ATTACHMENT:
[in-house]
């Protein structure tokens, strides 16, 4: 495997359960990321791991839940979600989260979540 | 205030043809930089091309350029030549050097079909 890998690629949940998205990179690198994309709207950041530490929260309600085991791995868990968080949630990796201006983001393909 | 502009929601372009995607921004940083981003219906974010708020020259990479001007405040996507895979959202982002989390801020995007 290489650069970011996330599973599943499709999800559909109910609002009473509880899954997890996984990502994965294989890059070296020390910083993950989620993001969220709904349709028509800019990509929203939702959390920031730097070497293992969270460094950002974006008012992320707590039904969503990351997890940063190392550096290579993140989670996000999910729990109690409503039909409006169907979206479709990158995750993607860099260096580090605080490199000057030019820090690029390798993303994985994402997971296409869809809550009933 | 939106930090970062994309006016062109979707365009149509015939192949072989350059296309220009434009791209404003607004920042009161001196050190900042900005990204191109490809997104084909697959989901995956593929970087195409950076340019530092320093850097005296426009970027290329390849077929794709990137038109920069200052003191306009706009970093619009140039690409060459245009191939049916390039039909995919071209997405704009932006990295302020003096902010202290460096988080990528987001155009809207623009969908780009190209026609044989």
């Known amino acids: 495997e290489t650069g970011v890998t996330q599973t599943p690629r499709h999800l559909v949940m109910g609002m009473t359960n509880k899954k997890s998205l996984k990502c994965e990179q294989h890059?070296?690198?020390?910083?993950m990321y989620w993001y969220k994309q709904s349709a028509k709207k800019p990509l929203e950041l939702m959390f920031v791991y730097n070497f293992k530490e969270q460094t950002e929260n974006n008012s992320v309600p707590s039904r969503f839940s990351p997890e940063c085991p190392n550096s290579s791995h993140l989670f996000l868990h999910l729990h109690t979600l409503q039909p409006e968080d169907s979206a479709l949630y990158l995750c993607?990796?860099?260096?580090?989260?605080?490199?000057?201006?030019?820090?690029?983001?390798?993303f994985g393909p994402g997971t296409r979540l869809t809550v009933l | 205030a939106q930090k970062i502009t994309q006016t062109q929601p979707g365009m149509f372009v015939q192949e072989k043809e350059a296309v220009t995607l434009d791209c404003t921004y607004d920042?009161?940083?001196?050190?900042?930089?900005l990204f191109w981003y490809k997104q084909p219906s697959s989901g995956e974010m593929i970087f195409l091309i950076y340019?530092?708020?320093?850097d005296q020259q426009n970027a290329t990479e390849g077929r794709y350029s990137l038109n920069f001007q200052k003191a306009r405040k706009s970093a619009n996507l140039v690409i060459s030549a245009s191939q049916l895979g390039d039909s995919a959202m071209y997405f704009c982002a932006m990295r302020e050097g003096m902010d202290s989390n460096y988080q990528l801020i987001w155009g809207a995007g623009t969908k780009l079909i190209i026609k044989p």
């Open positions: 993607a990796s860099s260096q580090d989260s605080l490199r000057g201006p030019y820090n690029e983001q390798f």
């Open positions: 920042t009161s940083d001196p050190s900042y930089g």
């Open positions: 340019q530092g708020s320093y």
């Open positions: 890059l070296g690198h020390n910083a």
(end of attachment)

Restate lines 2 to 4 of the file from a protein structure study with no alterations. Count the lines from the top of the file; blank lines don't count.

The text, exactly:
């Protein structure tokens, strides 16, 4: 495997359960990321791991839940979600989260979540 | 205030043809930089091309350029030549050097079909 890998690629949940998205990179690198994309709207950041530490929260309600085991791995868990968080949630990796201006983001393909 | 502009929601372009995607921004940083981003219906974010708020020259990479001007405040996507895979959202982002989390801020995007 290489650069970011996330599973599943499709999800559909109910609002009473509880899954997890996984990502994965294989890059070296020390910083993950989620993001969220709904349709028509800019990509929203939702959390920031730097070497293992969270460094950002974006008012992320707590039904969503990351997890940063190392550096290579993140989670996000999910729990109690409503039909409006169907979206479709990158995750993607860099260096580090605080490199000057030019820090690029390798993303994985994402997971296409869809809550009933 | 939106930090970062994309006016062109979707365009149509015939192949072989350059296309220009434009791209404003607004920042009161001196050190900042900005990204191109490809997104084909697959989901995956593929970087195409950076340019530092320093850097005296426009970027290329390849077929794709990137038109920069200052003191306009706009970093619009140039690409060459245009191939049916390039039909995919071209997405704009932006990295302020003096902010202290460096988080990528987001155009809207623009969908780009190209026609044989």
């Known amino acids: 495997e290489t650069g970011v890998t996330q599973t599943p690629r499709h999800l559909v949940m109910g609002m009473t359960n509880k899954k997890s998205l996984k990502c994965e990179q294989h890059?070296?690198?020390?910083?993950m990321y989620w993001y969220k994309q709904s349709a028509k709207k800019p990509l929203e950041l939702m959390f920031v791991y730097n070497f293992k530490e969270q460094t950002e929260n974006n008012s992320v309600p707590s039904r969503f839940s990351p997890e940063c085991p190392n550096s290579s791995h993140l989670f996000l868990h999910l729990h109690t979600l409503q039909p409006e968080d169907s979206a479709l949630y990158l995750c993607?990796?860099?260096?580090?989260?605080?490199?000057?201006?030019?820090?690029?983001?390798?993303f994985g393909p994402g997971t296409r979540l869809t809550v009933l | 205030a939106q930090k970062i502009t994309q006016t062109q929601p979707g365009m149509f372009v015939q192949e072989k043809e350059a296309v220009t995607l434009d791209c404003t921004y607004d920042?009161?940083?001196?050190?900042?930089?900005l990204f191109w981003y490809k997104q084909p219906s697959s989901g995956e974010m593929i970087f195409l091309i950076y340019?530092?708020?320093?850097d005296q020259q426009n970027a290329t990479e390849g077929r794709y350029s990137l038109n920069f001007q200052k003191a306009r405040k706009s970093a619009n996507l140039v690409i060459s030549a245009s191939q049916l895979g390039d039909s995919a959202m071209y997405f704009c982002a932006m990295r302020e050097g003096m902010d202290s989390n460096y988080q990528l801020i987001w155009g809207a995007g623009t969908k780009l079909i190209i026609k044989p």
């Open positions: 993607a990796s860099s260096q580090d989260s605080l490199r000057g201006p030019y820090n690029e983001q390798f």